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BWW Reviews: SUNDAY IN THE PARK WITH GEORGE - A Perfect Show at the Park with EPAC

"A Sunday Afternoon on the Island of La Grande Jatte" by Georges-Pierre Seurat," which hangs in the Art Institute of Chicago, is one of the most famous of Impressionist-period paintings, if not of paintings in general. It has even been worked into Looney Tunes cartoons and, of all things, Playboy bunny photoshoots. Small wonder that the enormous (7 x 10) painting that Seurat worked on for two years to experiment with light and color, as well as its painter, is sufficient to inspire a Sondheim musical. Like its muses, the painting and Seurat, SUNDAY IN THE PARK WITH GEORGE is larger-than-life, and thoroughly surprising. Like the painting itself, it's also absolutely delightful. Nominated for... well, everything... when it opened in 1984, and winning a Pulitzer Prize as well as various Tonys and Drama Desk awards, the Stephen Sondheim vehicle (with book by James Lapine) is a masterpiece, standing as one of Sondheim's best works despite its original mixed reviews by critics who, like Seurat's critics, could not understand what they were seeing.

Currently at Ephrata Performing Arts Center, directed by Edward R. Fernandez, the show is once more on stage to surprise and delight those who understand it, and to confound those who don't really understand the experience of creating art. Anyone who's ever been horrified at having to stop to eat, or to talk to someone, or to go out, or to work, when they're on a roll with their painting, or drawing, or writing, or giving birth to a brilliant idea, on the other hand, will identify immediately with the show's hero, George - here played by Sean Young, a veteran of the part at EPAC, with a warm familiarity that shows that not only does he know the part, but he's known that experience himself.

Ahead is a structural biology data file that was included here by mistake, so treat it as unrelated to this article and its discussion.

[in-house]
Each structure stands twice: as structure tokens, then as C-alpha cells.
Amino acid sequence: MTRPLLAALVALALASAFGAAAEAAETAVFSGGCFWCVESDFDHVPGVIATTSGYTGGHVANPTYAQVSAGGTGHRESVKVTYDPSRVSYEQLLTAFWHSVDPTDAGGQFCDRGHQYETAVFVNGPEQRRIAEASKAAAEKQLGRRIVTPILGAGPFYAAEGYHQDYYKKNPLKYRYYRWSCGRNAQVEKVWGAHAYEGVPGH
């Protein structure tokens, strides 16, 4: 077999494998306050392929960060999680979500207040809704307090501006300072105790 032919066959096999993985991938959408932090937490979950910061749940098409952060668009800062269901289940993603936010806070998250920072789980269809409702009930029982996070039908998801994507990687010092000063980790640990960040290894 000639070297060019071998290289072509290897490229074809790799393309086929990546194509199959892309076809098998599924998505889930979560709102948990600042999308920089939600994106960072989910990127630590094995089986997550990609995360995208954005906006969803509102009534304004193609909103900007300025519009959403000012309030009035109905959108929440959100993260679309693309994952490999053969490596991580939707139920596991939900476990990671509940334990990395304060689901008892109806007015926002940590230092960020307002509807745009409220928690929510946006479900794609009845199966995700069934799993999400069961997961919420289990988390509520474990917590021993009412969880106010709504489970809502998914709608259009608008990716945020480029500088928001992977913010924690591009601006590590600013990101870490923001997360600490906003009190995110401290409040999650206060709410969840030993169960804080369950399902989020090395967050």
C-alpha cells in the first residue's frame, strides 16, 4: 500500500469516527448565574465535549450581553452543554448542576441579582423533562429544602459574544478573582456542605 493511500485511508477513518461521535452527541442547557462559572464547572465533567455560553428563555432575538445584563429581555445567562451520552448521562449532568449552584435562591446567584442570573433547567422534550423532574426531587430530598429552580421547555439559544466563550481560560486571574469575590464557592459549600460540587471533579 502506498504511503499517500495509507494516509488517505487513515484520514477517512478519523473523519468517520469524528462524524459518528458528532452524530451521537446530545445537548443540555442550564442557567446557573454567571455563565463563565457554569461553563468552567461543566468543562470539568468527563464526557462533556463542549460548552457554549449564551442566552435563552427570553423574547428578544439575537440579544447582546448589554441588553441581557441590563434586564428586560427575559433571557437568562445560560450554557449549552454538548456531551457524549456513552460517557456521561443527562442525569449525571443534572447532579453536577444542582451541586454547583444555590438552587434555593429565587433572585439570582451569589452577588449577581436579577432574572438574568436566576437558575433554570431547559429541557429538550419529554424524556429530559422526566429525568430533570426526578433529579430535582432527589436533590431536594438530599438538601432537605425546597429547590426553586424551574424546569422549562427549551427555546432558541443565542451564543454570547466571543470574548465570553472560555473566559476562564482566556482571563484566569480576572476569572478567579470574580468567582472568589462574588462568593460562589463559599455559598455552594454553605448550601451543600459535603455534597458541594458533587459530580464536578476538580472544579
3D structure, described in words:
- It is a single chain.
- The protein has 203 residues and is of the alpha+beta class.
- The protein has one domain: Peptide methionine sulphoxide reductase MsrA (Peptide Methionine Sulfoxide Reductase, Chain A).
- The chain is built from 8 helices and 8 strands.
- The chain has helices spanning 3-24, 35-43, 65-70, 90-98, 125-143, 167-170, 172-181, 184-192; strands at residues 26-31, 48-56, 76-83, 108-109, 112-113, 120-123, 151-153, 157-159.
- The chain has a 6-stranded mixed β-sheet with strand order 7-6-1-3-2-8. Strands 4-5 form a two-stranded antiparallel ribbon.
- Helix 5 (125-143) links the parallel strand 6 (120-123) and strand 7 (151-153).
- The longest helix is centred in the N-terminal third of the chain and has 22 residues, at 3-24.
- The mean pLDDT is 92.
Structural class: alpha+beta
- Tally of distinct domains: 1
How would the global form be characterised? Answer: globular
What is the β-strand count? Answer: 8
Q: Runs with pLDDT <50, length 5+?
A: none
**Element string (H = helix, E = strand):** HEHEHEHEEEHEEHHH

He also plays George's great-grandson, George, a man who's an artist like Seurat. But while the first George could throw himself into his work to the point of losing focus on his relationships, the latter George works well with relationships, but can't find a focus for his art. Unlike the first, he's making money; also unlike the first, he's not finding satisfaction in his work. Young does a splendid job of illustrating the serious differences between the two Georges as he performs. He's a talented actor and singer, and he breathes an all-important different life into each of the Georges.

The first act, set during Seurat's period of sketching and painting his masterwork, in 1884 and following, covers the first George's drawings of people in the park and his testy relationships with his subjects, particularly the magnificent Old Lady, at times clearly the artist's mother, played by Elizabeth Pattey. Pattey has played her before, and plays her well enough to make the part entirely her own. The role might as well have been written for her, so well do she and the Old Lady mesh on stage. Kathleen Harris Brantman plays her nurse, called upon to remember parasols, books, and the locations of trees in the park for her employer, who pontificates on the glories of the past. She does so with immense forebearance... and with a hope to get away to see the gentleman at the park who has captured her fancy.